Berlin/Seoul – Authorities in a central Berlin district said on Thursday that they have rescinded approval for a statue erected last month that symbolizes Korean "comfort women" — who suffered under Japan’s military brothel system before and during World War II — amid objections from Tokyo.
The Mitte district is asking a pro-South Korea civic group to remove the comfort women statue by Wednesday. The Japanese government expressed regret over the statue in Berlin after it was installed in a public location in late September.
On Friday in Tokyo, Chief Cabinet Secretary Katsunobu Kato welcomed the rescission, saying, "We perceive it as a positive move and will continue to monitor the situation."
Recent moves by South Korean or affiliated groups to build similar statues in the Asian country and abroad, such as in the United States, have been a source of tension in the already soured relationship between Tokyo and Seoul.
Local authorities in Berlin had green-lit the installation for a period of one year on the grounds that the project opposes wartime sexual violence, but ultimately changed their position, saying the district should remain neutral on matters between Japan and South Korea.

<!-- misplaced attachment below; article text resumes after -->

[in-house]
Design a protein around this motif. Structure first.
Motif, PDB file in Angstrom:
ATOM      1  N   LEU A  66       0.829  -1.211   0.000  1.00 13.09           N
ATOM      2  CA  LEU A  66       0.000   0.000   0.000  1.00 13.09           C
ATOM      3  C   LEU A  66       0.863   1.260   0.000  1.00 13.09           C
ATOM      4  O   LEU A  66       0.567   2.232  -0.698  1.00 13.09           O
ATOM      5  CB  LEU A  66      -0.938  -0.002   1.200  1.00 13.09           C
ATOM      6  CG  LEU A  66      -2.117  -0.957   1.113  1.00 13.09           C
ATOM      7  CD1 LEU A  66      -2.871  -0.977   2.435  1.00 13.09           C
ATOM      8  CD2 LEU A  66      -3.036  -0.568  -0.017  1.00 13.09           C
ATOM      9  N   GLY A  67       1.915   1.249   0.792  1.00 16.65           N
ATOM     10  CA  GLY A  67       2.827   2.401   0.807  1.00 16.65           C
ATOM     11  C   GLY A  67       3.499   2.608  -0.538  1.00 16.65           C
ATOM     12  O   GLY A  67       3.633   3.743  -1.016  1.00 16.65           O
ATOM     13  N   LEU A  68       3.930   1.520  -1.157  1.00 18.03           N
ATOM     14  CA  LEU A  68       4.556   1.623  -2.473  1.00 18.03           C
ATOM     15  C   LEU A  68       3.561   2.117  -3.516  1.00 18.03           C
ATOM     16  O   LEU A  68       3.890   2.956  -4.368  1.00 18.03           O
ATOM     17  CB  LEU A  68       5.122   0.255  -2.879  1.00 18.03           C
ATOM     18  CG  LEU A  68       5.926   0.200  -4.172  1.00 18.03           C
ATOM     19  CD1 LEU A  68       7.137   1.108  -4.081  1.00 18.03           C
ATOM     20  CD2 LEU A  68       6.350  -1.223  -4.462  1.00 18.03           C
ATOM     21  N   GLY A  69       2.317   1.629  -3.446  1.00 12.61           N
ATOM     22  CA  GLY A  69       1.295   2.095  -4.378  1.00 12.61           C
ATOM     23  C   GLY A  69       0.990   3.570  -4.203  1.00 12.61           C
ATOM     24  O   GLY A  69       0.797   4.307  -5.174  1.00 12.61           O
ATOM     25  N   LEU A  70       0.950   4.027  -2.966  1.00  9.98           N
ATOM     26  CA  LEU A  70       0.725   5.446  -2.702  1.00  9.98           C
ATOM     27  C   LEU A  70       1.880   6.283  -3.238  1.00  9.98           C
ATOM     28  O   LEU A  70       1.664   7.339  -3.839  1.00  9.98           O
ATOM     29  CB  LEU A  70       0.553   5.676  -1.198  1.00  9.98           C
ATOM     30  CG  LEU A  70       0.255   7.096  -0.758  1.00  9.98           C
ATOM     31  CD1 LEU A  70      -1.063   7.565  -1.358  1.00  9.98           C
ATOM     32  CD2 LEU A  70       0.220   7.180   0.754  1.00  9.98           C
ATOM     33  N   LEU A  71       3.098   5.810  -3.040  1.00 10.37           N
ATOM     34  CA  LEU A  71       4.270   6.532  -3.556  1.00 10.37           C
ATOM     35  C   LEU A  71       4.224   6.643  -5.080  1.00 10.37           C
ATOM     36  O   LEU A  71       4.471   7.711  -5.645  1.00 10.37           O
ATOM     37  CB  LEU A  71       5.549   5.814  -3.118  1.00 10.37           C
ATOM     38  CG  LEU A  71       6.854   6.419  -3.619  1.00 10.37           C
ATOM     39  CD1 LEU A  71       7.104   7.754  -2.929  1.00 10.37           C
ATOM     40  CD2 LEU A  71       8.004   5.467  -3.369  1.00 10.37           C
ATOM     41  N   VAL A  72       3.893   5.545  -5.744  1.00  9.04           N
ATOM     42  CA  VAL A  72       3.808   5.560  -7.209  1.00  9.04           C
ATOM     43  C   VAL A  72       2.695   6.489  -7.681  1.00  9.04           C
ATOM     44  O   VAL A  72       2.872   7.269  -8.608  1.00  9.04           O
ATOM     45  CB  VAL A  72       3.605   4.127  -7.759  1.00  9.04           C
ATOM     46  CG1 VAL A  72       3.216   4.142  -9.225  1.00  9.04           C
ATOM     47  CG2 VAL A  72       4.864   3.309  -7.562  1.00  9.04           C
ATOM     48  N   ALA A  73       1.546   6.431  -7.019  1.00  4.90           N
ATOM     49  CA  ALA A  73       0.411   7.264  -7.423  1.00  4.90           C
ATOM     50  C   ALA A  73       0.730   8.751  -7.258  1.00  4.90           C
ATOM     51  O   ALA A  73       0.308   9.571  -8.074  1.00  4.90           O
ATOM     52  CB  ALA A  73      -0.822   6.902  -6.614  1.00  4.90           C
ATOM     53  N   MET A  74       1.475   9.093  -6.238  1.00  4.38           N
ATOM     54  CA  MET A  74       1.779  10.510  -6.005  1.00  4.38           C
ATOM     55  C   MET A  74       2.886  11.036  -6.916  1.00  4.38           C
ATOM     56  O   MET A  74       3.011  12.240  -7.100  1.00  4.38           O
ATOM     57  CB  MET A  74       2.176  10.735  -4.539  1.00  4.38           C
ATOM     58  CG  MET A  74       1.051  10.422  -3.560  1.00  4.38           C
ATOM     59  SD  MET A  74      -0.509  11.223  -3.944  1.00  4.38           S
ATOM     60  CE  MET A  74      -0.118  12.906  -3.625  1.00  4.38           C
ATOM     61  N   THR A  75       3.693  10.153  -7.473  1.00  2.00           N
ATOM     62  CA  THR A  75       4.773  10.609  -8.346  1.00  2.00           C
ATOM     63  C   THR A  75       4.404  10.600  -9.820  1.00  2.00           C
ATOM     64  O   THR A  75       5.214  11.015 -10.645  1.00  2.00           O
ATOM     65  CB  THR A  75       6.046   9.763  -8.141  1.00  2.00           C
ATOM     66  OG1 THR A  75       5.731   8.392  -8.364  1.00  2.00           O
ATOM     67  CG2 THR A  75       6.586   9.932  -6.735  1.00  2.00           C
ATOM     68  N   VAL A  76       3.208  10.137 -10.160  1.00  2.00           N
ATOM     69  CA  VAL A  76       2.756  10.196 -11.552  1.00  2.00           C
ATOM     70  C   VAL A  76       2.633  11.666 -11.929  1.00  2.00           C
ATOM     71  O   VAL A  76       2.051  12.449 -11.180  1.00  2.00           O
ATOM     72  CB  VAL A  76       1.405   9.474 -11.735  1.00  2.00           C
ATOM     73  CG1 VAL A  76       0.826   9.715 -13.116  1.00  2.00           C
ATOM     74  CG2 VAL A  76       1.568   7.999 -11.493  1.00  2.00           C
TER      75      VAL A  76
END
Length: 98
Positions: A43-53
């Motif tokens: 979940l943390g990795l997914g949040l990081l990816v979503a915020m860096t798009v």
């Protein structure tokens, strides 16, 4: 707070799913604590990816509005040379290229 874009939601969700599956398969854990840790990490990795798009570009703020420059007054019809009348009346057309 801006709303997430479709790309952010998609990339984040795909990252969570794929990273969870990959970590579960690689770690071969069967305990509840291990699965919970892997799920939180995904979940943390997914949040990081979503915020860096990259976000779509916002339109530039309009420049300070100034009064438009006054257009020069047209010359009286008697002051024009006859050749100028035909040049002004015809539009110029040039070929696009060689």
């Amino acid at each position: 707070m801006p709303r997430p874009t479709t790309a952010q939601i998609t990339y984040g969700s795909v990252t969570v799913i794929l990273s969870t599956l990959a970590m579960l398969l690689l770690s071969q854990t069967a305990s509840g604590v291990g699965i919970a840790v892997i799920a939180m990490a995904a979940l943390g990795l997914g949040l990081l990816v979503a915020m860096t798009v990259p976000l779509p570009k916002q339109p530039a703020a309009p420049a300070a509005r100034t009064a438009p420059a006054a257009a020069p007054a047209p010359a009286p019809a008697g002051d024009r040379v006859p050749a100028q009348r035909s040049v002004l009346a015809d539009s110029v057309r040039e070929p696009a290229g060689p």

The district said the installation of the statue has triggered frustration in Berlin and Japan. Pointing out that the statue is related to a conflict between two states, District Mayor Stephan von Dassel said that creating such an installation in Germany is not appropriate.
The civic group that played a key role in the setting up of the statue says it will continue talks with the district, with the aim of keeping the statue on display in a public place.
Issues stemming from Japan's 1910-1945 colonial rule of the Korean Peninsula, including reparations for wartime labor, have hampered the building of warmer ties between Japan and South Korea.
Many in South Korea believe that Japan has not shown enough contrition for its militarist past, including the comfort women issue, while Japan maintains that the two countries already settled wartime issues when they sealed a bilateral agreement in 1965.
The statue in question, which depicts a life-sized girl, is the third of its kind erected in Germany. While the first two were installed on private land, the latest was placed along a street in the capital with permission from authorities.
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